Hemorrhaging money and getting back to Port Townsend

Today is the day we really start hemorrhaging money.

I ordered the copper coat: seven kits at $120 per kit are necessary to coat  CaroBabbo. It is a four-day process, however, this should be the last time I put a bottom on CaroBabbo. Continue reading “Hemorrhaging money and getting back to Port Townsend”

The demise of the Taylors Stove?

‘‘ Jet A is nothing but kerosene,’’ was a statement that we received over and over again from pump jockeys on our Alaska trip. On the web all the sites I found before we left concurred, JET-A is nothing but kerosene.

However, all three burners on the stove had pretty much stopped working by the time we returned to Lake Union. John Gardner, from whom I bought the stove, had suggested that we not clean the burners as  suggested at the websites, and we did not. I came to believe that was the problem.

Continue reading “The demise of the Taylors Stove?”

There are no sailing seasons in the PNW, but there is sure a lot to buy before springtime arrives.

I don’t like to think of sailing as seasonal. Being seasonal is what I think of as differentiating east coast sailors from west coast sailor – 3000 miles, notwithstanding. We keep Caro Babbo in the water 12-months a year and enjoy winter sailing.

This year and last we decamped to Phoenix to work on a house there, making sailing seasonal, even if that was not our intent. Three months prepping a house, only to return to Seattle to spend months prepping the boat, delineates boating seasons as much as I would rather have sailed continuously. Continue reading “There are no sailing seasons in the PNW, but there is sure a lot to buy before springtime arrives.”

2017 Seattle Boat Show – Water Maker and Sailmaker

The boat show was very different for me this year. It was Hilary and me alone. I went to learn about water makers, to see my sail maker, and to meet with Jesús and Zoë, who are friends from the newspaper industry who are planning on calling it quits and move onto a trawler.

Hilary and I are staying full time in the Port Townsend house. It has been very cold (to my PNW/South-of-the-Mason-Dixon-Line self): Highs in the low forties, lows around freezing. It is also 2-1/2 hours from Port Townsend to Seattle. Continue reading “2017 Seattle Boat Show – Water Maker and Sailmaker”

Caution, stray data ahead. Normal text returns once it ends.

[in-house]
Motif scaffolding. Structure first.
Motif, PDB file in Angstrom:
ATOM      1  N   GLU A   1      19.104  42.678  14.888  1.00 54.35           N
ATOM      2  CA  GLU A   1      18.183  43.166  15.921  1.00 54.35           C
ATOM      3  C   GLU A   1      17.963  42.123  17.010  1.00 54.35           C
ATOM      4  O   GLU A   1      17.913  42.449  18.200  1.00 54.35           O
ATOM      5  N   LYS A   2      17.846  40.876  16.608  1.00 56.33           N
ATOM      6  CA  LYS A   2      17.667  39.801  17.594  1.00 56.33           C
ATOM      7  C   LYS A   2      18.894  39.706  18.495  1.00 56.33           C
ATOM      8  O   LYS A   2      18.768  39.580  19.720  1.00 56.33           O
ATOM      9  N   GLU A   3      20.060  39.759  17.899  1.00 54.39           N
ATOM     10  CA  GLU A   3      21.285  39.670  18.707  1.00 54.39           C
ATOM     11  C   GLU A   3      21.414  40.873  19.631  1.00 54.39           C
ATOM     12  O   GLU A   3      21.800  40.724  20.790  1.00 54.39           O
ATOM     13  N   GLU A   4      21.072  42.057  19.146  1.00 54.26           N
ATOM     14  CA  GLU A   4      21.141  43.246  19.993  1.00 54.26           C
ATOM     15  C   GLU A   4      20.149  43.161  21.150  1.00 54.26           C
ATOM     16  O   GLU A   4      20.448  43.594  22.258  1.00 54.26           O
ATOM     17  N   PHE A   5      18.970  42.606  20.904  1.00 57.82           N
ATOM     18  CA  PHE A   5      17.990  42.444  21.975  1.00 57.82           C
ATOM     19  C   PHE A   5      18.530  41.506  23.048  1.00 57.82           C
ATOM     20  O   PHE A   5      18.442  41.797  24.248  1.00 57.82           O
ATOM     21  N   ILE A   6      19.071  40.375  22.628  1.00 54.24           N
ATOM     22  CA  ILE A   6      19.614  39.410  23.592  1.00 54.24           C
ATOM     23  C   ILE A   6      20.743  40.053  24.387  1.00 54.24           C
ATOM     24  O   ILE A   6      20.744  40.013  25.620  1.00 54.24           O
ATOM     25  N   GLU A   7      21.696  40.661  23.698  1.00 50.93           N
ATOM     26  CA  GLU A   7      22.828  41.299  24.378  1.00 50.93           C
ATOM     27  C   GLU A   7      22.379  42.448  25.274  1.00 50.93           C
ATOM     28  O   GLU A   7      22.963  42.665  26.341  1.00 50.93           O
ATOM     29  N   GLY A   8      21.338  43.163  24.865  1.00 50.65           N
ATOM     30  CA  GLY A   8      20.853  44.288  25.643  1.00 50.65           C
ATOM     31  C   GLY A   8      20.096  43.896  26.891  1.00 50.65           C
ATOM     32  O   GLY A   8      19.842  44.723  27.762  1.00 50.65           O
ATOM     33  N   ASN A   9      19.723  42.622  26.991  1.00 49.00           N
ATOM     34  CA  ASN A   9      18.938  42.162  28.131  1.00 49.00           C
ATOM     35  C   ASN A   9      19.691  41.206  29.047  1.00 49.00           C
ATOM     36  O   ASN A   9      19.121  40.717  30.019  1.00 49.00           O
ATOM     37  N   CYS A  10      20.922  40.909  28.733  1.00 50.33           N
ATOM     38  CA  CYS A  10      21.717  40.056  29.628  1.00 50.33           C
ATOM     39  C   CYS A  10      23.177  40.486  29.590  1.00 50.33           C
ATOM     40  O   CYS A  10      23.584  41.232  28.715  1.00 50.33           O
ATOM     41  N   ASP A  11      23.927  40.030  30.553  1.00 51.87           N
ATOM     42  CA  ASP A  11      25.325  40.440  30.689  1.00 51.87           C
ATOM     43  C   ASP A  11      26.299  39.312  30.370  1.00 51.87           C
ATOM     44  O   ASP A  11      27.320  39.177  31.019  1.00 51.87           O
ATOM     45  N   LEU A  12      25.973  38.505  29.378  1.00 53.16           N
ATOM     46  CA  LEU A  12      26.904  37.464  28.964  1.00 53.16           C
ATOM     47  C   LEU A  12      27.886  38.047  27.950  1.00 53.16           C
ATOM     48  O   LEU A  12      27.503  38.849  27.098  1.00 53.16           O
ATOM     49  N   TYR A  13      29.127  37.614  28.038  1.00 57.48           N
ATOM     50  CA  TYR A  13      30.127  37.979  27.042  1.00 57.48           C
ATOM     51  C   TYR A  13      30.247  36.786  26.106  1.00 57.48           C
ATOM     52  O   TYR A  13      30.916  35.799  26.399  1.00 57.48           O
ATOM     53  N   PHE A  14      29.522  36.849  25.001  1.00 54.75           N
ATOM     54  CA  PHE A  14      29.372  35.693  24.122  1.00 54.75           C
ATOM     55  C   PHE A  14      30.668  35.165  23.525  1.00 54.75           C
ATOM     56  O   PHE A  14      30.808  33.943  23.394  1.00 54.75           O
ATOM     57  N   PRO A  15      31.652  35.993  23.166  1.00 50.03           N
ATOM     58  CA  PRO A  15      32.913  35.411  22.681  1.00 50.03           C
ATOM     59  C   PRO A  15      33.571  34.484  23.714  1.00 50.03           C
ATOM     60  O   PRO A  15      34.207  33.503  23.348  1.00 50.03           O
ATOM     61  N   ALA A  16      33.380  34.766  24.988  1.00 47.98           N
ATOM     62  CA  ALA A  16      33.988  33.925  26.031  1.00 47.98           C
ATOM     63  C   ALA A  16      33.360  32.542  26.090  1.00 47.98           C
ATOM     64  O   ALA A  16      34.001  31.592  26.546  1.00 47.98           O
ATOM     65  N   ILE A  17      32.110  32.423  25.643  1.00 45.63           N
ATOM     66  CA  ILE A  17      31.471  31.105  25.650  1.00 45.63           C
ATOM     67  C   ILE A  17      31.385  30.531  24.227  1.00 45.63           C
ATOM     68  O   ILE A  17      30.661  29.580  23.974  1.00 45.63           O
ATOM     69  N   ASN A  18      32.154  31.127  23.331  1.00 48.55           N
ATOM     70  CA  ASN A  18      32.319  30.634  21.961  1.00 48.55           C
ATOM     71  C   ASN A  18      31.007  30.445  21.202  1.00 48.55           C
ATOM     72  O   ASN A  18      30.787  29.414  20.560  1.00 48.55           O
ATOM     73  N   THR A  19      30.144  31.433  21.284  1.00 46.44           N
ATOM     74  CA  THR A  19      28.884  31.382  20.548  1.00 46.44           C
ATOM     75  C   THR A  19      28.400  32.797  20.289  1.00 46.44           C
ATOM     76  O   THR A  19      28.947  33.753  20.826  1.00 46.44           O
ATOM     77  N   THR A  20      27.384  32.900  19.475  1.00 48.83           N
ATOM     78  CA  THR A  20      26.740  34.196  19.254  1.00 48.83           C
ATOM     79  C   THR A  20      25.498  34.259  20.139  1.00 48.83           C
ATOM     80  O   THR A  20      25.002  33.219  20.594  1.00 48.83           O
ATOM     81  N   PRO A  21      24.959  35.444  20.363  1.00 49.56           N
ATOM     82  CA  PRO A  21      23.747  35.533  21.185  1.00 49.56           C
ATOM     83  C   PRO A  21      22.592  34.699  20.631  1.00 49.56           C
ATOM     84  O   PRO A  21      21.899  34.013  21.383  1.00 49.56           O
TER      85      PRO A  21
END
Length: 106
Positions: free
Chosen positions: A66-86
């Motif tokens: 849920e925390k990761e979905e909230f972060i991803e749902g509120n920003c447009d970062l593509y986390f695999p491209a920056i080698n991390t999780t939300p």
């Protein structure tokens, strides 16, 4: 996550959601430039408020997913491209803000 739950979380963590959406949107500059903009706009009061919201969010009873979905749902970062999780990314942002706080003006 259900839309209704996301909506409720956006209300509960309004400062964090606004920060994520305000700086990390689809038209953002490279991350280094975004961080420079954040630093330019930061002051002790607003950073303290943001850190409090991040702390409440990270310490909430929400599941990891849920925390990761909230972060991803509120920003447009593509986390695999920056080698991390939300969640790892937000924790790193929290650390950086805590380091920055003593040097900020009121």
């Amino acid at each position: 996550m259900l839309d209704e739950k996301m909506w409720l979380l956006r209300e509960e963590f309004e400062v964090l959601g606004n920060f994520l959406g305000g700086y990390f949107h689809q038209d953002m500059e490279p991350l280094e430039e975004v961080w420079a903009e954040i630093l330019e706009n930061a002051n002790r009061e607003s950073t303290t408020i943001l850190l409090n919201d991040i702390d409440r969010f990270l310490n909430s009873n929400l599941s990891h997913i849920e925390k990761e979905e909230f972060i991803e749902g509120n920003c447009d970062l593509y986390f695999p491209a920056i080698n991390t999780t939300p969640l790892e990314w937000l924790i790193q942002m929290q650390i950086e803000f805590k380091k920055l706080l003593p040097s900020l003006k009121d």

We’re back in the PNW

We’re back in the Pacific Northwest. Well, at the moment, ‘we’ refers to Hilary and me.

Hilary, Jennifer and I spent from October 5th through January 7th in Phoenix working on a house Jennifer owns. It was a time to get fit as Jennifer and I worked 6 to 7 days a week from sun up until we needed to stop.

Some of the gravel I moved about

I got in shape by moving approximately 25 tons of gravel with a wheelbarrow and a shovel. It feels good to carry muscle again. The trick is how to keep it; I don’t belong to a gym anymore.

Continue reading “We’re back in the PNW”

Humidifier isn’t on recall, scheduling boat pull and worries

Derek was nice enough to send me a picture of the label on the dehumidifier. Given the serial number it is not a recalled unit.

The label on the dehumidifier that freed us from the recall hassle.
The label on the dehumidifier that freed us from the recall hassle.

I’ve asked Derek to plug it back in, turn it on and make sure the drain hose is in the sink.

Continue reading “Humidifier isn’t on recall, scheduling boat pull and worries”

Pudgy Comes Homes, Dehumidifier is a fire hazard

Last week, our friends Jeff Storm and Kimberly Lindberg towed our Pudgy home for us.

Their trip was not uneventful with an engine overheating, and a very long wait for the locks in both directions.

But, they brought the Pudgy to our slip, where it is safe and sound.

Continue reading “Pudgy Comes Homes, Dehumidifier is a fire hazard”

We buy a Portland Pudgy

Yesterday afternoon my Google Alert found a Portland Pudgy for sale in Eagle Harbor on Bainbridge Island, very near Seattle. It had been posted 33 minutes before. It was listed at $3400, is in new condition and came with a Bermuda sailing rig. I contacted the seller and bought it.

Continue reading “We buy a Portland Pudgy”

Status, statistics, and did anything not break?

1-OCT-2016 – It’s easiest to answer the last item first. Yes, a number of things did not break. None of the standing rigging had any sort of failure (the standing rigging is what holds up the mast). After that it becomes a little more difficult to think of something, None of us, personally, were injured or became ill, nor did any of our guests, so the human factor held up well. Continue reading “Status, statistics, and did anything not break?”

Conversation Part 3: Picking up the Parts

On Monday morning, the day the Canadian people celebrate Queen Victoria’s birthday, shortly after 6 am, Jennifer helped me climb into the dinghy. I’d left the two five gallon cans of gasoline in the dinghy and added the remaining two-cycle oil and a mostly empty five-quart container of crankcase oil. Continue reading “Conversation Part 3: Picking up the Parts”